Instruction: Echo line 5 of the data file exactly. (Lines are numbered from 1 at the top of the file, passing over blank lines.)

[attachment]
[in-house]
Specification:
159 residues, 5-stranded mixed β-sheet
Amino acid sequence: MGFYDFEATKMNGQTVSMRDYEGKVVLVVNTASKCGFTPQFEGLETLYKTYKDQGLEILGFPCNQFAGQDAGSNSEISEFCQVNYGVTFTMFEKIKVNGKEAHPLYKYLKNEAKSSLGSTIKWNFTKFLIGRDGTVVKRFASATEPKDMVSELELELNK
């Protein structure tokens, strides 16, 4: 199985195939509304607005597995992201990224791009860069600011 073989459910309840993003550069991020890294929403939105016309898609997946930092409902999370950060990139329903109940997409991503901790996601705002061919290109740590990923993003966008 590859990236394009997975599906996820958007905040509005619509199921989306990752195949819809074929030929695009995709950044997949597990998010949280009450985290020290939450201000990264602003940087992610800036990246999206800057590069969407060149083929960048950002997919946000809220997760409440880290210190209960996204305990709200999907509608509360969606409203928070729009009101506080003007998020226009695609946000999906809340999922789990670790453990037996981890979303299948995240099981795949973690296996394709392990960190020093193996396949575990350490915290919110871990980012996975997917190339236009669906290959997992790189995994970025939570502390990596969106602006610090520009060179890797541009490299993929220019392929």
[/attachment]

């Protein structure tokens, strides 16, 4: 199985195939509304607005597995992201990224791009860069600011 073989459910309840993003550069991020890294929403939105016309898609997946930092409902999370950060990139329903109940997409991503901790996601705002061919290109740590990923993003966008 590859990236394009997975599906996820958007905040509005619509199921989306990752195949819809074929030929695009995709950044997949597990998010949280009450985290020290939450201000990264602003940087992610800036990246999206800057590069969407060149083929960048950002997919946000809220997760409440880290210190209960996204305990709200999907509608509360969606409203928070729009009101506080003007998020226009695609946000999906809340999922789990670790453990037996981890979303299948995240099981795949973690296996394709392990960190020093193996396949575990350490915290919110871990980012996975997917190339236009669906290959997992790189995994970025939570502390990596969106602006610090520009060179890797541009490299993929220019392929």